Fishing for brown and rainbow trout has its own special charm, especially in semi-natural streams where these noble fish are often found. Especially if you wade alone in a stream in wild nature and swing the spinning or fly rod, magical moments can arise.
Trout fishing follows different rules than the usual spinning or raised hide fishing on the club lake. In this article you can learn how to successfully fish for trout and what you need to keep in mind.
Fishing for trout
Very good trout streams are found mainly in Switzerland, Austria and the whole of southern Germany, but also in the Harz Mountains there are many small streams in which you can catch brown trout. Maybe there is also a small stream or ditch or even river nearby where trout feel comfortable. In addition, the water temperatures in summer must not rise significantly above 20 °C – the best is an average temperature of 18 °C in the warmest month. The oxygen demand of trout is high and in warm water less oxygen is dissolved than in cold 10mg oxygen per litre trout need to feel comfortable.
On the other hand, trout are active all year round, even in winter and during the spawning season. The oxygen requirement and the optimal temperature (also for digestive enzymes) are therefore the reason why trout are more likely to be found in the oxygen-rich small streams.
On rivers, trout are found where oxygen enters the water, e.g. below weirs or stream inlets, because trout often come from the stream into the river in autumn and winter to benefit from the richness of nutrients. In very small streams, often only brown trout and bullheads occur, as only these fish species can withstand the conditions there all year round.
In the Alps, trout can be found in almost every stream, and even the most torrential current seems to make little difference to the trout. But because of the hard struggle for survival and constant swimming, the fish here remain rather small. In the pools of a torrential mountain stream shown above, trout can still survive quite well. There
they can be found and caught.
Exploring trout waters
My recommendation is to explore the waters in peace and quiet before fishing if possible. You will certainly discover spots that you can memorize and use to catch these fish. I always keep an eye on when the trout take flight if I see them. I always keep my polar goggles on and know then for the fishing day how close I can get to the fish.
I also like to look at trout waters under stones, especially those with small cavities underneath. These are stones that lie directly on the bottom of the water and are not buried in it. Then I also know what food is in the stream. Caddis fly larvae, stonefly larvae and brook flea crabs can give information about the water quality but also about the natural food – this is especially interesting for fly fishermen. The picture shows the three forms of caddis fly larvae – one without a shell, which in itself indicates a poorer water quality, and yet it was mainly caddis fly larvae with shells that were in the water. Wild trout sometimes turn over stones themselves to get to the delicacies below.
Behaviour and food of the brown trout
How trout behave depends primarily on the water body in question. In small streams, different rules apply than in nutrient-rich rivers, and both cause the angler different difficulties. However, there are exceptions to the rules. Some small forest streams with a lot of brook flea crabs can be enormously productive. Where we are already with the natural food: trout feed mainly on insect larvae, the aforementioned freshwater crayfish and insects that have fallen into the water. You often see trout rising to the surface after insects. Trout from 25cm, the minimum size in many waters, often like to eat small fish, such as Mühlkoppen (bullhead) or minnows, but cannibalism also occurs from time to time among trout.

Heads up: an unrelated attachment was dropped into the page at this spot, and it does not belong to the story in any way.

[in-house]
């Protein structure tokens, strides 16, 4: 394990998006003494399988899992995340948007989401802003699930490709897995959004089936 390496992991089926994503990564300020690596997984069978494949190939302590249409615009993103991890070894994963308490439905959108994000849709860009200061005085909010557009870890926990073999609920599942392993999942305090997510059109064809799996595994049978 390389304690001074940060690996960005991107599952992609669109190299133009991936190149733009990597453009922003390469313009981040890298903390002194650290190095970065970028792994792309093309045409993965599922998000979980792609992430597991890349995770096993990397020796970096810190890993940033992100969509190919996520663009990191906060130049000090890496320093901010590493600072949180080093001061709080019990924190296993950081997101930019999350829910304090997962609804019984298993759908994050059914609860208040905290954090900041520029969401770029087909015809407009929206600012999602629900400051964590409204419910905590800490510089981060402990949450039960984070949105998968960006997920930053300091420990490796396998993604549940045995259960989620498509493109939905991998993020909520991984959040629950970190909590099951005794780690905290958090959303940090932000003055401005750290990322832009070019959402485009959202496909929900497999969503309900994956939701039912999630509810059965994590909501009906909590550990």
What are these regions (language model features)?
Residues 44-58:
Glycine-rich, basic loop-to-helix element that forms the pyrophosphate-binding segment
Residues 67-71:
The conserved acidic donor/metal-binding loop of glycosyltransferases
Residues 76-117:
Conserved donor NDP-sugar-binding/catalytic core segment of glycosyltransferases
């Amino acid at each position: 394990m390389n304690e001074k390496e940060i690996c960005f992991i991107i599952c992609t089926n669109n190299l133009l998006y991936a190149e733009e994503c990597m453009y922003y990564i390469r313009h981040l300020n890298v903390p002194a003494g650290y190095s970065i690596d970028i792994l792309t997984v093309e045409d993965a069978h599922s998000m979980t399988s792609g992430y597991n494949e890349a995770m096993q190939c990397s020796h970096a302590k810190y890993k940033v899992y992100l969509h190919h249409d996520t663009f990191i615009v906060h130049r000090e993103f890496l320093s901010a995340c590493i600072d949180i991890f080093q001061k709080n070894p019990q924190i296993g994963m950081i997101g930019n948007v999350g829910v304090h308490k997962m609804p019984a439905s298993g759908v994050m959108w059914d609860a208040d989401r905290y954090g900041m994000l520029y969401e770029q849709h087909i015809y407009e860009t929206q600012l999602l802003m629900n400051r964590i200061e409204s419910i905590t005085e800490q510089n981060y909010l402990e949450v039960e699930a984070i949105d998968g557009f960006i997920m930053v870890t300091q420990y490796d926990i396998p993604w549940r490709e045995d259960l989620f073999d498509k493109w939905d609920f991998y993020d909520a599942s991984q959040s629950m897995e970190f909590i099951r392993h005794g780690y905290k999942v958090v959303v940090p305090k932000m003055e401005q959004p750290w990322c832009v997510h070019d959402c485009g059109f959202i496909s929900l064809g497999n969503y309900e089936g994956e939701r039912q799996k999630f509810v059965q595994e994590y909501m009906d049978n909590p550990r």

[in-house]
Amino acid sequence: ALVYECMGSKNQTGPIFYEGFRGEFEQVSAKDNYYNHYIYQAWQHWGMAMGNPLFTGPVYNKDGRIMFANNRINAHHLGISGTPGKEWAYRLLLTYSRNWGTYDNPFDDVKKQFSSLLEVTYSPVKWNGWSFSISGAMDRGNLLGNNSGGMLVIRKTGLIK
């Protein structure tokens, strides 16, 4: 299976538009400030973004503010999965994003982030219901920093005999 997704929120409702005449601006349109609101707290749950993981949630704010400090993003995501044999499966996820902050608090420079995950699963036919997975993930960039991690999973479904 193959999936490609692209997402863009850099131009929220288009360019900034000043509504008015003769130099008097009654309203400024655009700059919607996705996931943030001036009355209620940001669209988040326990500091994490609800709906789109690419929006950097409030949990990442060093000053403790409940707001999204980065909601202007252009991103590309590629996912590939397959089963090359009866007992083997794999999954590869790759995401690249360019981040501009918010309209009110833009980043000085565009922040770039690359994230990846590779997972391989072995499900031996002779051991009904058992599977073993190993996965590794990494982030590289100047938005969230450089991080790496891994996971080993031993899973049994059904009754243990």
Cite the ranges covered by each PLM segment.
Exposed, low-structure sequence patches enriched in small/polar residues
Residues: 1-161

In a small stream
First of all to the trout in small streams: they are often rather loyal to their location and move around only a little or rarely. Where a trout stood yesterday, it will probably still be there today. In small creeks there are usually only a few good stands which are listed below. But then often many trout cavort at this one spot.
In bigger creeks and rivers
Trout in bigger creeks or rivers have a variety of possible locations and are often a little more distributed. True hot spots are also well populated with trout there, but the fish migrate more around or even hunt small fish together.
Behaviour – Shy fish
Trout are above all one thing, namely shy and jumpy fish. As soon as they see a movement on the water that they don’t know, a trout flees directly to its hiding place. Often enough they don’t flee directly there but only a few meters up or down the water, depending on where the danger seems to come from. Trout often also don’t like bait that splashes too loudly into the water, while a soft splash from the sound of an insect falling into the water immediately attracts them. Fly fishermen have a clear advantage, as their flies land gently in or on the water and need not worry about the noise of their flies.
In a recent issue of Fisch und Fang there is an article about popper fishing for trout. This may be a way to tempt intrepid trout to take a bite in larger streams, but in the small stream you will chase most of the fish away. I could already observe how trout were chased away even from an unleaded worm. The video shows how this works on a small stream, but I doubt that it works everywhere. With stickbaits I see things differently.
Trout that were once scared away but are still catchable. Either you wait 10-15 minutes until they come out of their hiding place, or you watch where their hiding place is and present the bait there. Trout are a bit more suspicious, but a perfectly placed bait can still tempt them to bite.
An important factor in trout fishing is that trout are often not really picky and will grab anything that looks edible or smells good